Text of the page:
There are a lot of things to like about what has happened to Louis CK recently. It's great, first and foremost, to see an artist get paid. That's the thing that jumps out at me. An artist who does things for his fanbase has just been allowed to make money from the thing that he does that they want to pay five dollars to see. This is the shrinking of the content delivery conundrum down to a manageable size. This is Louis CK shrugging off the need to have someone back him up and make him look like a real artist; he can now operate with whatever tether he wants, and that can be to a content company, a website, or a major corporation. He is free to do whatever he wants.
And what he wants is for you to pay five dollars to see him do standup. It's not hard to figure out. He does this thing, and you want to see it, so give him the money.
The technology has been there for a long time. The means to get this out there has been there for ages. But what has happened is that there are now social media outlets that can publicize what the artist has done, and it can spread the word of mouth around to an extent that allows an idea--a piece of content--to catch fire and grow of its own volition. This did not require publicists, ads, and one-off blurbs in magazines or on websites (although those things haven't hurt after the fact).
Let's say that Louis CK had done this five years ago. In the pre-Twitter and pre-Facebook age (or at least when those services weren't as large or dynamic as they are now), perhaps he does a fair amount of business letting people download a show. But, without thousands of followers to reshare and repost the offer with their recommendation, it is highly likely that it would not have brought in a million dollars or more.
His business model then would be more akin to what happened when Radiohead put an album online and let people pay for what they wanted. That did not lead to a revolution--it simply allowed a lot of people to get a copy of In Rainbows for whatever they wanted to pay, and for a lot of others to get a cheap copy (remember, Radiohead wisely only allowed a low bit-rate version to emerge, not a high-end version of higher quality). Now, he can put out DVD quality content (a video as opposed to an audio recording) and he can rely on thousands of others to promote his work, effectively taking the place of a record label or a distributor.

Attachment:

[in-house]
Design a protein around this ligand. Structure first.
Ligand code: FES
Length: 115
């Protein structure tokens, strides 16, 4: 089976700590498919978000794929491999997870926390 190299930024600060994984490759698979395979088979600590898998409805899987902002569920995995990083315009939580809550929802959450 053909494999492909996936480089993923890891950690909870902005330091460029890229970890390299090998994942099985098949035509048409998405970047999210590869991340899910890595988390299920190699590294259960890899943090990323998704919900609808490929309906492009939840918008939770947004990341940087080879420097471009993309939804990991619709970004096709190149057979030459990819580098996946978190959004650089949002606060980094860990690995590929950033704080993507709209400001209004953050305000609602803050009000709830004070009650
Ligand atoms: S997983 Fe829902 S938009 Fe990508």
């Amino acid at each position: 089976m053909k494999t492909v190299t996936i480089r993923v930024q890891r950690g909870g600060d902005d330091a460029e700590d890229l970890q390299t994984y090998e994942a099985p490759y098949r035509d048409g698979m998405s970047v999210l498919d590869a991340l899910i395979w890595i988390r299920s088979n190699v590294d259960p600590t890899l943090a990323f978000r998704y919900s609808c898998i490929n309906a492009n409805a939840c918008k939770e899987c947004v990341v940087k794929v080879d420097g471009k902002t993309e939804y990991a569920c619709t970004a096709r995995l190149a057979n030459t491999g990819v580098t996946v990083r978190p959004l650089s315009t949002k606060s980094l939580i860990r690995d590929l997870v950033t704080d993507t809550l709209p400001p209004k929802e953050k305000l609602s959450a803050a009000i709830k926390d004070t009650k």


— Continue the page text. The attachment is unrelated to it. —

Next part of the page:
What's brilliant is that he decided to bypass the companies that have already put at least three (that I know of) DVDs out there in the marketplace. I can go to the AAFES Post Exchange (PX) and buy at least two of those programs for ten dollars apiece. They are in the "discount bin" and they are overstock productions of work that you can see on YouTube for free. They're also about an hour in duration,
But there are other factors at work here. Louis CK is a comedian whose time has come. His television show on FX is groundbreaking for how simple and elegant it is. He is a filmmaker first, and a comedian second. Were it not for the unfair treatment of Pootie Tang, Louis CK is a guy who would be making films every other year right now. He gets visual presentation and artistry in a way that most comedians do not. He has spent over two decades building a following that is loyal to him and that is now more connected to what he does because of social media. And, this was his first real attempt to take his content and put it in the hands of people who want to see him do standup.
What can you say? It worked. And good for him.